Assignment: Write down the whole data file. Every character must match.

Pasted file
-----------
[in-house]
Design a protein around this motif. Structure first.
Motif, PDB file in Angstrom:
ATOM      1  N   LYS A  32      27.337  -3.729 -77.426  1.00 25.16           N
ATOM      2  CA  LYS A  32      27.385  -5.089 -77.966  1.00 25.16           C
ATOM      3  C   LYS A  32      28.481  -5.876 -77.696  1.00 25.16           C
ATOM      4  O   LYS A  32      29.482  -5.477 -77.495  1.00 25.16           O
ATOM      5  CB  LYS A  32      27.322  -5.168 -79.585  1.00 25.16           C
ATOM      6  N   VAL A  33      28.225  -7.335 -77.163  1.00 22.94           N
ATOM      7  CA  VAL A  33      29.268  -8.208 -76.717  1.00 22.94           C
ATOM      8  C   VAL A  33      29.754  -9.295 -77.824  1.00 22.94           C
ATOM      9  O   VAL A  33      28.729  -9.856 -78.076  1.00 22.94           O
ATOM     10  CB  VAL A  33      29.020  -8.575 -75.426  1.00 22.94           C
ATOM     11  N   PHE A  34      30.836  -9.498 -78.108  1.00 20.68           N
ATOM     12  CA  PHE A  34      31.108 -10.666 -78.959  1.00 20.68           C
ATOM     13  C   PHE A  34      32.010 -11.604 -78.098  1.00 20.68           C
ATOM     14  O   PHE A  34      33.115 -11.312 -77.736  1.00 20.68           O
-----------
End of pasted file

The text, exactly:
[in-house]
Design a protein around this motif. Structure first.
Motif, PDB file in Angstrom:
ATOM      1  N   LYS A  32      27.337  -3.729 -77.426  1.00 25.16           N
ATOM      2  CA  LYS A  32      27.385  -5.089 -77.966  1.00 25.16           C
ATOM      3  C   LYS A  32      28.481  -5.876 -77.696  1.00 25.16           C
ATOM      4  O   LYS A  32      29.482  -5.477 -77.495  1.00 25.16           O
ATOM      5  CB  LYS A  32      27.322  -5.168 -79.585  1.00 25.16           C
ATOM      6  N   VAL A  33      28.225  -7.335 -77.163  1.00 22.94           N
ATOM      7  CA  VAL A  33      29.268  -8.208 -76.717  1.00 22.94           C
ATOM      8  C   VAL A  33      29.754  -9.295 -77.824  1.00 22.94           C
ATOM      9  O   VAL A  33      28.729  -9.856 -78.076  1.00 22.94           O
ATOM     10  CB  VAL A  33      29.020  -8.575 -75.426  1.00 22.94           C
ATOM     11  N   PHE A  34      30.836  -9.498 -78.108  1.00 20.68           N
ATOM     12  CA  PHE A  34      31.108 -10.666 -78.959  1.00 20.68           C
ATOM     13  C   PHE A  34      32.010 -11.604 -78.098  1.00 20.68           C
ATOM     14  O   PHE A  34      33.115 -11.312 -77.736  1.00 20.68           O